Igbo novelist, short-story writer, and children’s author whose strength lies in his realistic depiction of the forces that have shaped the African city dweller.

"Ekwensi was educated at Ibadan (Nigeria) University College and at the Chelsea School of Pharmacy in London. His early works include the novellas When Love Whispers (1947) and The Leopard’s Claw (1950), which combine a fascination for urban life with earnest exhortations to avoid its pitfalls. People of the City (1954; rev. ed., 1969) is a commentary in a journalistic style on the problems of corruption, bribery, and despotism as seen through the eyes of a crime reporter and dance-band leader in Lagos".

Re: Naija History by naijalander: 9:14am On Nov 21, 2016
Olabisi Ajala (RIP): A collage of pictures from his book- An African Abroad; pub. 1963 by Jarrolds Publishers (London) Ltd. Pictures taken between 1957 and 1963.

Re: Naija History by naijalander: 9:20am On Nov 21, 2016
Former president of Nigeria Dr Goodluck Jonathan ( b 20/11/1957) Before he entered politics in 1998, he worked as an education inspector, lecture and an environmental-protection officer.

Re: Naija History by naijalander: 9:22am On Nov 21, 2016
Postcard of Carter Bridge dated by the sender 14 Feb 1967

The blurb on the back reads:

" Lagos Island, the capital of the Federal Republic of Nigeria is cut off from the rest of the country b the lagoon. The only link with the mainland is Carter Bridge, built in 1928 and which is 128 yards long. It caters for the constant stream of traffic that pours into Lagos Island from all over the country. To ease the traffic congestion on Carter Bridge, the Federal Government has decided to build a second bridge over the lagoon. The picture shows Carter Bridge and small canoes that ferry people and foodstuffs from the mainland to the Lagos Island".

Re: Naija History by naijalander: 9:23am On Nov 21, 2016
Child carrying wrapping leaves in large calabash. Nigeria 1970. Source: Eliot Elisofon

Re: Naija History by naijalander: 4:55pm On Nov 21, 2016
Gani Fawehimi at a Bauchi Prison

Re: Naija History by naijalander: 10:57am On Nov 22, 2016
The taking of Kano

The accounts given here show that the city which the force has entered is no mere collection of native huts, but is the huge civilised capital of a flourishing country. We have taken over a new India, a fact to which Canon Charles Robinson alludes in his "Nigeria, our Latest Protectorate (Horace Marshall and Son), which contains an interesting description of Kano.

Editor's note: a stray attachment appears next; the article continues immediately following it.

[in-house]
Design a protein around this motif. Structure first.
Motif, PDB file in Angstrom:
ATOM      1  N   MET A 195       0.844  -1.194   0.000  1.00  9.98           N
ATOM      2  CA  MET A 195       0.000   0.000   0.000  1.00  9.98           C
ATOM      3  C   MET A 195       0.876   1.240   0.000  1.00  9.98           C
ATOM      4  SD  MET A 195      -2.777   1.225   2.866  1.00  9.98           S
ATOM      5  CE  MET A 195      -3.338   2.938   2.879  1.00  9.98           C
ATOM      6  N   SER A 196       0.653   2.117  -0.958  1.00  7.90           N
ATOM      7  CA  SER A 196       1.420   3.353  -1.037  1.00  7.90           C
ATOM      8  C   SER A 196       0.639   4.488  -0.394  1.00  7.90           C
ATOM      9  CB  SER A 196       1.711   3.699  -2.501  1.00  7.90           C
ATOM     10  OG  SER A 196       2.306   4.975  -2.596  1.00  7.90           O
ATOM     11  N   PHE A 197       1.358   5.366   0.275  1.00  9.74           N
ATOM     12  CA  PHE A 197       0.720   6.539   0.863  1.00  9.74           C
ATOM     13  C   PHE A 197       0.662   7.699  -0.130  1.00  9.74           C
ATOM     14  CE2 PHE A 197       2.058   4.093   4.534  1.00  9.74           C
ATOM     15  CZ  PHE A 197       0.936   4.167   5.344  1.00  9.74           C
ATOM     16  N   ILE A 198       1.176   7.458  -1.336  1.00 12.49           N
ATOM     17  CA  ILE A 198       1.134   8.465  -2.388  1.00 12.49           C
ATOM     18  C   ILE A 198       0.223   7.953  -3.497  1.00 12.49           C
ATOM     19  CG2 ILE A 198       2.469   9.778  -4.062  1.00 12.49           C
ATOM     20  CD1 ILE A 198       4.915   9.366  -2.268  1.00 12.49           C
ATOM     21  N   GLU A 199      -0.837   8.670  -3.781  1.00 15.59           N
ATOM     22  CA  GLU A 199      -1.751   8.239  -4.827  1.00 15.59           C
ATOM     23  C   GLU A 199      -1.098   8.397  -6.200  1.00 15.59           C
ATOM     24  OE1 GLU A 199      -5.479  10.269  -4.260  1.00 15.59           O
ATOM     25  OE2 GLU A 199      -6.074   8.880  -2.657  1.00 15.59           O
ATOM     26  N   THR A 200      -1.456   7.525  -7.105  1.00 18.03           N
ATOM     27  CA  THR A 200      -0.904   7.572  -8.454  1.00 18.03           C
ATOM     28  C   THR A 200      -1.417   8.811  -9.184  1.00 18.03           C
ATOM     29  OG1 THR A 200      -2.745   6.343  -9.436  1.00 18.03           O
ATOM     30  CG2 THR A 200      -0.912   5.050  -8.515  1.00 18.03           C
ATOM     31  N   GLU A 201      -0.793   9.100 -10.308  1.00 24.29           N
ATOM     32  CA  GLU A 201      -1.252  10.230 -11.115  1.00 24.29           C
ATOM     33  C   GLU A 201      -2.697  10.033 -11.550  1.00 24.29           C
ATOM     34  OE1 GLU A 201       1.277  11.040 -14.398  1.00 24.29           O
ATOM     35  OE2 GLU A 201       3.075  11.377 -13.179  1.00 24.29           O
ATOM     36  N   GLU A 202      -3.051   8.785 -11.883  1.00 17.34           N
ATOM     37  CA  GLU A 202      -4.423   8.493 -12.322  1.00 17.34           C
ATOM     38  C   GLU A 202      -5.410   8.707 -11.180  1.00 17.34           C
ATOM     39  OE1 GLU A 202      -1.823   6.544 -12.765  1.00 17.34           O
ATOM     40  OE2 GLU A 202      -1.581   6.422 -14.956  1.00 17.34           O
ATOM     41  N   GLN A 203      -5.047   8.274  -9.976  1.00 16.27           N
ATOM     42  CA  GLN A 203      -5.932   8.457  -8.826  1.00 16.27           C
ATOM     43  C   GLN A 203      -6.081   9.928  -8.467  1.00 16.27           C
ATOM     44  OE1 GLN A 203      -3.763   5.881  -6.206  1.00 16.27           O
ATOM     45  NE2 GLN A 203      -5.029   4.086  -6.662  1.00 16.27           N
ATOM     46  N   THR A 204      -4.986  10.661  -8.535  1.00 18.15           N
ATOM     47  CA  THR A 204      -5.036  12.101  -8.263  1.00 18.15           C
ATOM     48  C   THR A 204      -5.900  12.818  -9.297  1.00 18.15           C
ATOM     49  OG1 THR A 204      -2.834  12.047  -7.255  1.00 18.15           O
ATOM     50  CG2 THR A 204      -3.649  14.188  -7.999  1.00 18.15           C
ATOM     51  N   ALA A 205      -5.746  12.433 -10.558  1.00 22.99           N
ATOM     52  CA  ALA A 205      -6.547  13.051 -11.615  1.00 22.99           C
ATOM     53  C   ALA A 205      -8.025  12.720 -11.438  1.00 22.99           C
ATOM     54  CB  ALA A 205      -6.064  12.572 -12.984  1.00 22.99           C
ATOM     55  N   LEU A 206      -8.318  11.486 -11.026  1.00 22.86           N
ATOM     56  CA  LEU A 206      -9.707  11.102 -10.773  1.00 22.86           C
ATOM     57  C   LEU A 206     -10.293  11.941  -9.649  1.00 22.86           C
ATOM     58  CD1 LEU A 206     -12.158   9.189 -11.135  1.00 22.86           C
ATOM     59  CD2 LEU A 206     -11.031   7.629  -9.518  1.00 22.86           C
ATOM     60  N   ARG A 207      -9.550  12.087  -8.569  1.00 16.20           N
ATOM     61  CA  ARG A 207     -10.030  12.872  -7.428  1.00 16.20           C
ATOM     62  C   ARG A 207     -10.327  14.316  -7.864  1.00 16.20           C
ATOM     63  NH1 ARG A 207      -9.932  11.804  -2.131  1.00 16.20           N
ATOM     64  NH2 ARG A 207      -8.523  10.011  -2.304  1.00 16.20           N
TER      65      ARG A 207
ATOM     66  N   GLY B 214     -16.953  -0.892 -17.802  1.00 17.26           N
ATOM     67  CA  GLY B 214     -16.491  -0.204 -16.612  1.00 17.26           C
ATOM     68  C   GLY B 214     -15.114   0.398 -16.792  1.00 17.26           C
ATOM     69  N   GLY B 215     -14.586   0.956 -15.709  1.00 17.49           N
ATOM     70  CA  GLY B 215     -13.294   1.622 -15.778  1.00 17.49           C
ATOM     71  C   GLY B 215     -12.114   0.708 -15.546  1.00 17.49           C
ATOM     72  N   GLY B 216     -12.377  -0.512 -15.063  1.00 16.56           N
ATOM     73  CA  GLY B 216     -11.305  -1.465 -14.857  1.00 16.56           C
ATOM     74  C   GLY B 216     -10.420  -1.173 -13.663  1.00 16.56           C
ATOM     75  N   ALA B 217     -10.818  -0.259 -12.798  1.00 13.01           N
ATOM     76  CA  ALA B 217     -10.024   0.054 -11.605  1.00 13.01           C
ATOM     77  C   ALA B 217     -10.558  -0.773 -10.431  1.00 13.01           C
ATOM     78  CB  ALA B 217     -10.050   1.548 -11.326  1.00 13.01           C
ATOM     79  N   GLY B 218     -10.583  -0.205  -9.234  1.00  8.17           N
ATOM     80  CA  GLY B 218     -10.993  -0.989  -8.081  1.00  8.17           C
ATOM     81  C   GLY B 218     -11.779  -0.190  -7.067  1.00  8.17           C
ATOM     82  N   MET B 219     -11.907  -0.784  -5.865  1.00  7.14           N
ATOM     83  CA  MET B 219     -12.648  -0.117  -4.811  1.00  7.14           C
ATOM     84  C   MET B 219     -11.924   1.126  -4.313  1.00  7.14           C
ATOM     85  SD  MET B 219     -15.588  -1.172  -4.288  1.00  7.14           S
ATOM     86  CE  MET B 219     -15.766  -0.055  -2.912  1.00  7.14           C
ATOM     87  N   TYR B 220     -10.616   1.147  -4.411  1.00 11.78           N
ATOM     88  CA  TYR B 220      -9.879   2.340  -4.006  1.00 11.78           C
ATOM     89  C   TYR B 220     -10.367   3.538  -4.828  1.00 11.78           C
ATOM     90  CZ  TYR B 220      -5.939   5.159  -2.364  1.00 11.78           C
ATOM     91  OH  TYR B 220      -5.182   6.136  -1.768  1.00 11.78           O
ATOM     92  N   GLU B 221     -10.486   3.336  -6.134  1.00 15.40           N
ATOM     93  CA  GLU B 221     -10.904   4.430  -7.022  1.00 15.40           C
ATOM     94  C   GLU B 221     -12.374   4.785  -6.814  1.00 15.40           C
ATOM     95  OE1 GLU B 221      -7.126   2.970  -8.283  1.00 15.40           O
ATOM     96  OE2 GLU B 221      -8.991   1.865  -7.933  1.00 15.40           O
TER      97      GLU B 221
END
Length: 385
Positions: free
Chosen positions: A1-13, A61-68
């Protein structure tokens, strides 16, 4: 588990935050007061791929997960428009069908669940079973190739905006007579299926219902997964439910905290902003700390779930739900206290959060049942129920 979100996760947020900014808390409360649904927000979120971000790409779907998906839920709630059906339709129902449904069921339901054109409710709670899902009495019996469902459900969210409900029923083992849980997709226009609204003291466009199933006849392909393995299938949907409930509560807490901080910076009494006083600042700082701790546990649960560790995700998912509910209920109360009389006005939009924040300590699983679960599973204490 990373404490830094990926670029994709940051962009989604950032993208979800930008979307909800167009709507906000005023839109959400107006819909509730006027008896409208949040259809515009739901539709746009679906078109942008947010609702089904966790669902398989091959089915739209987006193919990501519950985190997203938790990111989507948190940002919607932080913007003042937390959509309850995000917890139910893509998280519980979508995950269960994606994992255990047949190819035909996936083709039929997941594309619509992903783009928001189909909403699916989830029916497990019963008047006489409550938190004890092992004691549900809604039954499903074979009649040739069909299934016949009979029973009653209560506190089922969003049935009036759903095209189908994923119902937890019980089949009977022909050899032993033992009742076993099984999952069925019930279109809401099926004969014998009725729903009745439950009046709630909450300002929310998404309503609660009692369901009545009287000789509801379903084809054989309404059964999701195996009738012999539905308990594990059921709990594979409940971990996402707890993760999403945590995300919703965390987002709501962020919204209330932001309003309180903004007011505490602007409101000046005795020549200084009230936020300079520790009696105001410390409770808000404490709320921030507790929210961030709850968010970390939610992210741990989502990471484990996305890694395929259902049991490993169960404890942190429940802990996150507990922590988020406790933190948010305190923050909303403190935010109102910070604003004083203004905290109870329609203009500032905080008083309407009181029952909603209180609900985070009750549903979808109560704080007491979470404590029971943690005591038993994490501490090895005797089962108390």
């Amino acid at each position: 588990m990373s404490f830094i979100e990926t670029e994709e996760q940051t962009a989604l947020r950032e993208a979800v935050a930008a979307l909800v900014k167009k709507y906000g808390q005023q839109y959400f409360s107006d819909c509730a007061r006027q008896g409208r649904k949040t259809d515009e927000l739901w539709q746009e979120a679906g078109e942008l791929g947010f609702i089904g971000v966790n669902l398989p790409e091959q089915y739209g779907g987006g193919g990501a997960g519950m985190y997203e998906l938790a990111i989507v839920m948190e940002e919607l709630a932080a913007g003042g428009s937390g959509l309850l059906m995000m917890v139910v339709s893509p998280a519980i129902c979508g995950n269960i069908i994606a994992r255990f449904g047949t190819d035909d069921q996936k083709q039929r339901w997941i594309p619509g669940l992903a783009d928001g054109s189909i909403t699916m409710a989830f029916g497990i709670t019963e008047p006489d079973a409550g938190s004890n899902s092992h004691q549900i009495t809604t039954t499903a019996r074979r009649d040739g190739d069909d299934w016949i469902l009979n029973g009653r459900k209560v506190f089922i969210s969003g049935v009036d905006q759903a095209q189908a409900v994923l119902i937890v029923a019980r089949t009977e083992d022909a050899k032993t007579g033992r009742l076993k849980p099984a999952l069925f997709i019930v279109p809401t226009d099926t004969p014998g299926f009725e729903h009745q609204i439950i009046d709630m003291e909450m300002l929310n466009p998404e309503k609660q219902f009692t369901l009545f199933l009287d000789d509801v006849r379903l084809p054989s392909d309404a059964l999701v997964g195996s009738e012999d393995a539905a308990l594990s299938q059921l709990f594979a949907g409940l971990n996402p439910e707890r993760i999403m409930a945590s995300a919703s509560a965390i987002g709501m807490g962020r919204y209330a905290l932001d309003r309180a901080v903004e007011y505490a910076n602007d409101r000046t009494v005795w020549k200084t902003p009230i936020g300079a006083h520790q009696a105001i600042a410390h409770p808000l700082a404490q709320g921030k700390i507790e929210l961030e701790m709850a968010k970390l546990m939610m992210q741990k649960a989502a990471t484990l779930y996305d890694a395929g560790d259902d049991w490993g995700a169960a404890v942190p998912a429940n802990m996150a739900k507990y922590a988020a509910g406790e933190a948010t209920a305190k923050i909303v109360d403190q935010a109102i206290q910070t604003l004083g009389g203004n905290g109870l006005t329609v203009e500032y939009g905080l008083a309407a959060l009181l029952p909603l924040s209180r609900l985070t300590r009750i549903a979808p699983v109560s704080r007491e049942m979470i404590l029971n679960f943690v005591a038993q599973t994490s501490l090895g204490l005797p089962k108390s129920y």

“A resemblance between Nigeria and India,” he says, “may be pointed out in respect not only of climate but of general culture and civilisation. The Hausas, for example, are no more [savages] than were the majority of the peoples of India at the time when English rule was finally established among them.”

Particulars of the British entry into the city were contained in the following telegrams:- From Governor Sir F. Lugard to the Earl of Onslow.-- Received Colonial Office, February 13, 1903. Fifty miles from Zaria, February 8, Kano occupied by Colonel Morland, February 3. Lieutenant S. B. B. Dyer, 2nd Life Guards, severely wounded, sword cuts, wrist. Wounded all doing well. Captain J. Farquhar, R.A., slightly wounded.Twelve rank and file wounded. Town uninjured. No one hurt except combatants, of whom 300 killed. Emir had proceeded with 1,000 horse northward Sokoto."

The Sphere; an Illustrated Newspaper for the Home

February 28, 1903

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Re: Naija History by naijalander: 11:20am On Nov 25, 2016
Jukun (Kororofa)

Early history. —Under the name of Kororofa, their capital, this once powerful tribe is often referred to in the history of Bornu and Kano.

Leaving aside the Hausa myth of Biram's seven illegitimate children, of whom Kororofa was one, we begin to hear of this tribe in the thirteenth century.

In the Kano chronicles it is mentioned that Yahia, the first Mohammedan king of Kano, extended his sway to the borders of Kororofa.

In the sixteenth century Kororofa ravaged his kingdom, and laid siege to Kano itself. Vague traditions as to this are still current among the Jukun.

In the reign of Ben el Hadj Omar of Bornu, a.h. 1055-1095, the Bornu chronicles seen by Dr. Barth mention that the capital was besieged by the Jukun and the Twareks.

There is little doubt but that this [pagan] state existed during several centuries, and suffered the rises and falls common to all the Soudan states.

Bornu appears to have kept up constant intercourse with Kororofa, and this state was the only one looked upon as their equal by the Jukun. An almost autonomous Jukun colony existed in the Bornu capital and in Bida, whilst a colony of Beri Beri lived in Kororofa.

The title of Zenua or ambassador still survives, borne by Malam Awdu of Wukari.

At one time or another this kingdom extended from the twelfth meridian to the Niger, south to the Cross River, and north to the borders of Bornu and the varying limits of the central Hausa states. It included the whole of the Arrago kingdom of Doma, the Igbira kingdom of Panda, and the dominions of the Attah of Idah on the lower Niger.

Lieutenant Mizon wrote in 1894 that they had probably conquered to the Ocean, and had certainly been in touch with Europeans.

In d'Anville's map of Africa, 1727, "Courourfa" is shown as occupying the country south of Bornu and Zanfara.

* 1787 Map of Africa from UCT Libraries Digital Collections

F. R. Ruxton, Resident, Muri Province

Journal of the African Society

Published 1908